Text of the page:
Champion, T., Cooke, T., & Shuttleworth, I. (2018). Internal migration in the developed world: Are we becoming less mobile?. London: Routledge.
Champion, A. G., & Shuttleworth, I. (2017). Is longer-distance migration slowing? An analysis of the annual record for England and Wales since the 1970s. Population, Space and Place,23(3), e2024. https://doi.org/10.1002/psp.2024.
Chudnovskaya, M., & Kolk, M. (2017). Educational expansion and intergenerational proximity in Sweden. Population, Space, and Place,23(1), e1973.
Courgeau, D. (1973). Migrations et découpages du territoire. Population (french edition), 511–537.
Esipova, N., Pugliese, A., & Ray, J. (2013). The demographics of global internal migration. Migration Policy Practice,3(2), 3–5.
Fischer, P. A., & Malmberg, G. (2001). Settled people don’t move: On life course and (im-) mobility in Sweden. International Journal of Population Geography,7(5), 357–371.
Hogskoleverket. (2013). Higher education in Sweden, Status Report (Swedish Higher Education Authority).
Kolk, M. (2019). Period and cohort measures of internal migration. Population, 74(3), 333–350.
Kulu, H., Lundholm, E., & Malmberg, G. (2018). Is spatial mobility on the rise or in decline? An order-specific analysis of the migration of young adults in Sweden. Population Studies,72(3), 1–15.
Lomax, N., & Stillwell, J. (2018). Temporal change in internal migration in the United Kingdom. In T. Champion, T. J. Cooke, & I. Shuttleworth (Eds.), Internal migration in the developed world: Are we becoming less mobile?. London: Routledge.
Long, L. (1973). New estimates of migration expectancy in the United States. Journal of the American Statistical Association,68(341), 37–43.
Lundholm, E. (2007). Are movers still the same? Characteristics of interregional migrants in Sweden 1970–2001. Tijdschrift voor economische en sociale geografie,98(3), 336–348.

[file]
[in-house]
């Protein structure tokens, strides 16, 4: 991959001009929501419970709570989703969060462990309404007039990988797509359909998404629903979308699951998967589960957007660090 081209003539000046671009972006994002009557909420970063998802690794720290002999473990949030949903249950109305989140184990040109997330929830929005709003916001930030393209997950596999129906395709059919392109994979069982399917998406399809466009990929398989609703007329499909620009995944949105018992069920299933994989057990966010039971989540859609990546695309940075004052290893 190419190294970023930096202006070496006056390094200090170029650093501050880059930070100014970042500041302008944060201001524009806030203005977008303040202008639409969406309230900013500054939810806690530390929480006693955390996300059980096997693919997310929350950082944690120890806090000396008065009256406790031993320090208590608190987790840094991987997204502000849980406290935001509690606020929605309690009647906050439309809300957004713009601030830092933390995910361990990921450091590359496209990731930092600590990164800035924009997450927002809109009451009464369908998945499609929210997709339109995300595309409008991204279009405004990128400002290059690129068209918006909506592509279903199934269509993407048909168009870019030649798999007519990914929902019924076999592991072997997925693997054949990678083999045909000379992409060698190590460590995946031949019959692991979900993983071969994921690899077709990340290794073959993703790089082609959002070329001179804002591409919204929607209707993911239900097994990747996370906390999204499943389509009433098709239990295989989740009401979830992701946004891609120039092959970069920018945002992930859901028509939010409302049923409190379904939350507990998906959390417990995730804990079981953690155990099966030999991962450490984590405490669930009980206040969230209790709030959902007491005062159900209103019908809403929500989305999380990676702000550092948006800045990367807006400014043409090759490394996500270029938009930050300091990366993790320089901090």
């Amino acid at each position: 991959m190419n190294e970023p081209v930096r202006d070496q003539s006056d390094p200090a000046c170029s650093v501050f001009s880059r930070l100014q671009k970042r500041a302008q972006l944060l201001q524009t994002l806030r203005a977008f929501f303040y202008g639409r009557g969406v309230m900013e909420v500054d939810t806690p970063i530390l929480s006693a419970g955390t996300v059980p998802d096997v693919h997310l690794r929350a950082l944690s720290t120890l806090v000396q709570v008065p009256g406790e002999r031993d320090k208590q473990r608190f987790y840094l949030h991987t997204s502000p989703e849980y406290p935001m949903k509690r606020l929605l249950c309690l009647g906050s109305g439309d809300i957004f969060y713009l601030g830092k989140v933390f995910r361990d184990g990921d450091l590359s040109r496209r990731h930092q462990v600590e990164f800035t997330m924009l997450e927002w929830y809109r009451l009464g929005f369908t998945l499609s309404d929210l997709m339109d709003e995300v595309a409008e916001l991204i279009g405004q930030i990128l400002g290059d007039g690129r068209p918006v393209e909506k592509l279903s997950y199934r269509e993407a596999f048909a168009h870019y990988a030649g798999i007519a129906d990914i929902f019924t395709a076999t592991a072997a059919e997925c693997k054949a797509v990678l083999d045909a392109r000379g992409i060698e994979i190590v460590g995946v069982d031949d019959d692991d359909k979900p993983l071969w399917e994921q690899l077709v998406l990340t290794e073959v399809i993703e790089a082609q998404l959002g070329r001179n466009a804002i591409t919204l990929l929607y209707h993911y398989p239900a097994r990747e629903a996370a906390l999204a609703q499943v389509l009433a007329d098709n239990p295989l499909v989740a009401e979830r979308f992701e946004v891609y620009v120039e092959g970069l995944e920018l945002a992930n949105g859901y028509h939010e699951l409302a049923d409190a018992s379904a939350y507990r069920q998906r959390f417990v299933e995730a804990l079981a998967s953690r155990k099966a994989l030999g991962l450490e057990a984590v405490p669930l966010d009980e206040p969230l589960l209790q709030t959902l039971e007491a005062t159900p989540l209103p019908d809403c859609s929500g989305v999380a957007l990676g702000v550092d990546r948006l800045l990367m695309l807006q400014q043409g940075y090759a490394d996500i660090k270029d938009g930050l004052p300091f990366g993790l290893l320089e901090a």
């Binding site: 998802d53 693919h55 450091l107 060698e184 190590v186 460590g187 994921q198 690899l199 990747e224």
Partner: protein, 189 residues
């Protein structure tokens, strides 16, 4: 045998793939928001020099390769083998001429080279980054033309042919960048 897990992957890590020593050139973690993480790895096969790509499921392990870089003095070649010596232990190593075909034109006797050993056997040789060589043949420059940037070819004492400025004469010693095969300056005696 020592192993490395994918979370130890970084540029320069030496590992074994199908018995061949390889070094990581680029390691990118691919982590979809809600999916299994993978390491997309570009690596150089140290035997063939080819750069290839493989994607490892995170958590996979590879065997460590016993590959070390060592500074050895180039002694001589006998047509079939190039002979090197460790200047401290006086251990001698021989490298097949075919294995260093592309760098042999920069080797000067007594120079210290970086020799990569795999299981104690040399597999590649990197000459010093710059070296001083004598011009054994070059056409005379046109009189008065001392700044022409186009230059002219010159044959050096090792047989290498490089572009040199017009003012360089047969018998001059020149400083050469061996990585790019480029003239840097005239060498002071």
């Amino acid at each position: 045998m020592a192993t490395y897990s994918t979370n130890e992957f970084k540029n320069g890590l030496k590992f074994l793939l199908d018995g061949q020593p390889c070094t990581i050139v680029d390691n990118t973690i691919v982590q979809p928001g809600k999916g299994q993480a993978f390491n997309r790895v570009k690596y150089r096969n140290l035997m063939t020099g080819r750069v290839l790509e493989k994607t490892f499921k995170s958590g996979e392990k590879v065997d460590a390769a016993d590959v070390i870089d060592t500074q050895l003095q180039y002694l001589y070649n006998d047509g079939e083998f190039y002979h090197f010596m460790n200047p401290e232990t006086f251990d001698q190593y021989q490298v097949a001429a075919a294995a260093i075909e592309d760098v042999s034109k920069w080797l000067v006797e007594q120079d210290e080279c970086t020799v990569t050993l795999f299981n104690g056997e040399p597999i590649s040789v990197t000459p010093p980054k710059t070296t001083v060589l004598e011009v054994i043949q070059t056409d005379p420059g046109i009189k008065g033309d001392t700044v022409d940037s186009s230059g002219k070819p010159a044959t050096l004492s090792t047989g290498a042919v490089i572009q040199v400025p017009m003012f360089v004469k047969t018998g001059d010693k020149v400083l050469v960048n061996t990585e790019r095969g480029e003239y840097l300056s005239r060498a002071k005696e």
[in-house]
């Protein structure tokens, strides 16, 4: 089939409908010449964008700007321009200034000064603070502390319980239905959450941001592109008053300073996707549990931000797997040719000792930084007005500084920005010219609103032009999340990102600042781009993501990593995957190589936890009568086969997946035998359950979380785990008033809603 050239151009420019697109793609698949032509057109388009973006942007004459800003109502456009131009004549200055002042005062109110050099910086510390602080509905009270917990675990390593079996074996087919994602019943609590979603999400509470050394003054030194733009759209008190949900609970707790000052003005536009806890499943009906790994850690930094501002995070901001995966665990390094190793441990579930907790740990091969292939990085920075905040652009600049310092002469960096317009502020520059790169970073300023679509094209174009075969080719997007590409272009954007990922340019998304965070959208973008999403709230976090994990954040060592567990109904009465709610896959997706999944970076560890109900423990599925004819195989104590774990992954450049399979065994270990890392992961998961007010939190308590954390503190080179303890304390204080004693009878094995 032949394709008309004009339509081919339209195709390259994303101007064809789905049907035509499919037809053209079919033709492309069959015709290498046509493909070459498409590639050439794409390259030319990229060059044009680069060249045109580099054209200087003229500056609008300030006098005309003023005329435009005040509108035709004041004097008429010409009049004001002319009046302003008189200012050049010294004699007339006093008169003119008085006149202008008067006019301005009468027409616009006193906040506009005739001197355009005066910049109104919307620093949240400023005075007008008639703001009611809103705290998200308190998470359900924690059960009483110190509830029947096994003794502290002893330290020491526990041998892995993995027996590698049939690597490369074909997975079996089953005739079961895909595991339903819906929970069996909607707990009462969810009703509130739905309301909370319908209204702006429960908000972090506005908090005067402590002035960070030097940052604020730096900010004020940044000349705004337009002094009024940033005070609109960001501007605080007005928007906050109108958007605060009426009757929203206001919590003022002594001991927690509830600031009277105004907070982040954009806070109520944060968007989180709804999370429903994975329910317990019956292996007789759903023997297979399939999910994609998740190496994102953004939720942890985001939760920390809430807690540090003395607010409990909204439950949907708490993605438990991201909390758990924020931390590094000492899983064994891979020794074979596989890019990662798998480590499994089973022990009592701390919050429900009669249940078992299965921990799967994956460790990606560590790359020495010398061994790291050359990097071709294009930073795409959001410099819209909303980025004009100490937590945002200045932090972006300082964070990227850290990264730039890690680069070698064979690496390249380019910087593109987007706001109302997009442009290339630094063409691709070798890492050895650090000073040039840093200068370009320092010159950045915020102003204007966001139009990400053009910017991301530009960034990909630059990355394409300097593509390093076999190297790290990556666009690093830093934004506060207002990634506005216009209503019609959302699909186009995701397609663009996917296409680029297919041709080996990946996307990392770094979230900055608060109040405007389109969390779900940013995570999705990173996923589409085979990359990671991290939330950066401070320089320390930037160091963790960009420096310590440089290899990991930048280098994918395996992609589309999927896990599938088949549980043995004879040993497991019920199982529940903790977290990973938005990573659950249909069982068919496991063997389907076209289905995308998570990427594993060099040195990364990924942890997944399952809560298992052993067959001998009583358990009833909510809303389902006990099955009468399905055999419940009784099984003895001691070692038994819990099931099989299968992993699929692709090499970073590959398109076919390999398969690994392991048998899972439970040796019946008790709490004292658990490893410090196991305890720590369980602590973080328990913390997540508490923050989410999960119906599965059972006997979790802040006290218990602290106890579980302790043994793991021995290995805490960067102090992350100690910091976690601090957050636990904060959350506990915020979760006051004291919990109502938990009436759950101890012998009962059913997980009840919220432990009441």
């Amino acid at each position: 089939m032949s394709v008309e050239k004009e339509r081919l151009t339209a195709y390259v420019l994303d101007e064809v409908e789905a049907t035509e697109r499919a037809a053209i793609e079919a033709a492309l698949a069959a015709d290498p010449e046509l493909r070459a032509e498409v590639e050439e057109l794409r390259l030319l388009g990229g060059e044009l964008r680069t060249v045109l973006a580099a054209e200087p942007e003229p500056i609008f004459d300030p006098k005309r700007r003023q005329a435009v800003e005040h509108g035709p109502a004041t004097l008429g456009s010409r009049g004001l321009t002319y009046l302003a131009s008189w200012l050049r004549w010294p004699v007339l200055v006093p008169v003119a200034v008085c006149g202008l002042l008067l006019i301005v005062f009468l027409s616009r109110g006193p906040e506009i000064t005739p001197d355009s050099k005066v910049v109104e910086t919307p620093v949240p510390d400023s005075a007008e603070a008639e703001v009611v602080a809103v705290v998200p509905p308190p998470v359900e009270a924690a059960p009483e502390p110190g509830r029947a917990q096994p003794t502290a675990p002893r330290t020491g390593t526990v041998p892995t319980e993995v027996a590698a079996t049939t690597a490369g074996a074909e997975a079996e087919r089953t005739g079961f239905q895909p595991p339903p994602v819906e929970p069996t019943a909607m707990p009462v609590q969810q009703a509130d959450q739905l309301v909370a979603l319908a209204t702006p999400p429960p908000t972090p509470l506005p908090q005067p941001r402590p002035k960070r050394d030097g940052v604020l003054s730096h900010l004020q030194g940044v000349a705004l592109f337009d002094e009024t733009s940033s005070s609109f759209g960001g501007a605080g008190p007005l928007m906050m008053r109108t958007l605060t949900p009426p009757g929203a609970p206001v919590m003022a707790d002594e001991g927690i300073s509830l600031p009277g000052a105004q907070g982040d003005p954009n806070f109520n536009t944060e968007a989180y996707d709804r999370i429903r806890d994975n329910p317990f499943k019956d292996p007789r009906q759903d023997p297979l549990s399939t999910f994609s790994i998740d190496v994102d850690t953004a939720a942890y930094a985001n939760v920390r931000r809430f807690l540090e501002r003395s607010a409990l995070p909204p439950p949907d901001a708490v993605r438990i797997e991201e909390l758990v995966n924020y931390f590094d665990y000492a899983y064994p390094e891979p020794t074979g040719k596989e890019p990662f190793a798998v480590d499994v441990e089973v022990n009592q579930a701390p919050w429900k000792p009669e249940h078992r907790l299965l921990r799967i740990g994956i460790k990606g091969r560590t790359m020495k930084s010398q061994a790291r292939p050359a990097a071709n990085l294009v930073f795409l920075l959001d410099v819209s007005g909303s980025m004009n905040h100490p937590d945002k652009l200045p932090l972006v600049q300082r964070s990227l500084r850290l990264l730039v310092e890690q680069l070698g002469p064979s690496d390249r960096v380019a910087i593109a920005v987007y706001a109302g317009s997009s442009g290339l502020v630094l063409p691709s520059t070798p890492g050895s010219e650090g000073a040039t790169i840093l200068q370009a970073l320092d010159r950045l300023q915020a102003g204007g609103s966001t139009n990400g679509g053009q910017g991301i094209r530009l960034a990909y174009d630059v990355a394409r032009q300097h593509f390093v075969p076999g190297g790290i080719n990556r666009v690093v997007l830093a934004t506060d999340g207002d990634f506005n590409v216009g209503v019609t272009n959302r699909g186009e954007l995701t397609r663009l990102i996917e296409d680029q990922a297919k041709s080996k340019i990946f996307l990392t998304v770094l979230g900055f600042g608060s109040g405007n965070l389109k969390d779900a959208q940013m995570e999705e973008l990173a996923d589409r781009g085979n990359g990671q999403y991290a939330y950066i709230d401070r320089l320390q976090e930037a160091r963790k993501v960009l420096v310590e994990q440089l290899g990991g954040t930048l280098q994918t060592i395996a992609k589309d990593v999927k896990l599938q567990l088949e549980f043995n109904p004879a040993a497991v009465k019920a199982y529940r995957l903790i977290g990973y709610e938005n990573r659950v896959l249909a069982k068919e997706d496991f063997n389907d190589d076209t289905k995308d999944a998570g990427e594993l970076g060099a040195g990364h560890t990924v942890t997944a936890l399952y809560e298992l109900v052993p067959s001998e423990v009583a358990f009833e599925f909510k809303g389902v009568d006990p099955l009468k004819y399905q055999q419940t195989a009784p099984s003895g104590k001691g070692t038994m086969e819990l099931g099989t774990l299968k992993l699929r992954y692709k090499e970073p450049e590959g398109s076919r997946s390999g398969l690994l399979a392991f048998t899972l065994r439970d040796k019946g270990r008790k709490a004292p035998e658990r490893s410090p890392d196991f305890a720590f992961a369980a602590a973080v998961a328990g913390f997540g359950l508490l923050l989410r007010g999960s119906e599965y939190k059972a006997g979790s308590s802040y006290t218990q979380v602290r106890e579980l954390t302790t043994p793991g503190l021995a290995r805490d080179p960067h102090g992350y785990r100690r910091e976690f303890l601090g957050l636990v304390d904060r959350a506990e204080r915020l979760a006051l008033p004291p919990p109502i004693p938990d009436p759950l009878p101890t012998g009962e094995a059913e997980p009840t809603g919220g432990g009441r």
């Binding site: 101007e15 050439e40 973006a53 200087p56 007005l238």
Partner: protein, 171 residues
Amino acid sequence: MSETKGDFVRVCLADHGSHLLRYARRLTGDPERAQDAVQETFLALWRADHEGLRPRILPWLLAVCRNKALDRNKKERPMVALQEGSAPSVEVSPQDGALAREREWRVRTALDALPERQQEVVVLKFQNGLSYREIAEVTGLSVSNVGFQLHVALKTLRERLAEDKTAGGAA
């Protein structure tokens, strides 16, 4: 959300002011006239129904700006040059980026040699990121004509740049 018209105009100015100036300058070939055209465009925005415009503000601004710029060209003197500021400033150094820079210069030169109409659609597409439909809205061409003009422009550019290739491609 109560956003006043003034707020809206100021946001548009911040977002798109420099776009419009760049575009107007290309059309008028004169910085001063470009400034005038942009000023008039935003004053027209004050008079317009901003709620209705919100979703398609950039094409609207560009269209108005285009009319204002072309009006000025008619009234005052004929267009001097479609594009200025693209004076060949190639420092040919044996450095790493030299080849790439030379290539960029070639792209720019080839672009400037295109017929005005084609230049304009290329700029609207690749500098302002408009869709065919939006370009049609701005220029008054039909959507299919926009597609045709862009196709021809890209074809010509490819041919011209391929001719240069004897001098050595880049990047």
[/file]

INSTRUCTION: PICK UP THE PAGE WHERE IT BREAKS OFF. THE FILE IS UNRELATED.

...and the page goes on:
Openshaw, S. (1984). The modifiable areal unit problem. In Study Group in Quantitative Methods (Ed.), Concepts and techniques in modern geography. Norwich: Geobooks.
Pelikh, A., & Kulu, H. (2018). Short-and long-distance moves of young adults during the transition to adulthood in Britain. Population, Space and Place, 24(5), e2125.
Poulain, M., & Herm, A. (2013). Central population registers as a source of demographic statistics in Europe. Population,68(2), 183–212.
Rees, P., & Kupiszewski, M. (1999). Internal migration and regional population dynamics in Europe: A synthesis (Populatio Studies, 32: Council of Europe Publishing), Strasbourg.
Sánchez, A. C., & Andrews, D. (2011). To move or not to move: What drives residential mobility Rates in the OECD? OECD Economics Department Working paper 846, Paris.
Shuttleworth, I., Osth, J., & Niedomysl, T. (2018). Internal migration in a high-migration Nordic country. In T. Champion, T. Cooke, & I. Shuttleworth (Eds.), Internal migration in the developed world: Are we becoming less mobilie?. London: Routledge.
Smith, J. P., & Thomas, D. (2003). Remembrances of things past: Test–retest reliability of retrospective migration histories. Journal of the Royal Statistical Society: Series A (Statistics in Society),166(1), 23–49.
Wyness, G. (2010). Policy changes in UK higher education funding, 1963–2009, Working Paper (pp. 10–15). London: Department of Quantitative Social Science, Institute of Education.
The authors gratefully acknowledge the support of the Australian Research Council under ARC Early Career Discovery Project (DE160101574) and Riksbankens Jubileumsfond (P17-0330:1).
Springer Nature remains neutral with regard to jurisdictional claims in published maps and institutional affiliations.
Electronic supplementary material
Below is the link to the electronic supplementary material.
About this article
Cite this article
Bernard, A., Kolk, M. Are Young Swedes Moving More? A Cohort Analysis of Internal Migration by Move Order. Eur J Population 36, 601–615 (2020). https://doi.org/10.1007/s10680-019-09542-z
- Internal migration
- Cohort analysis
- Completed migration rate
- Completed migration distribution
- Young adults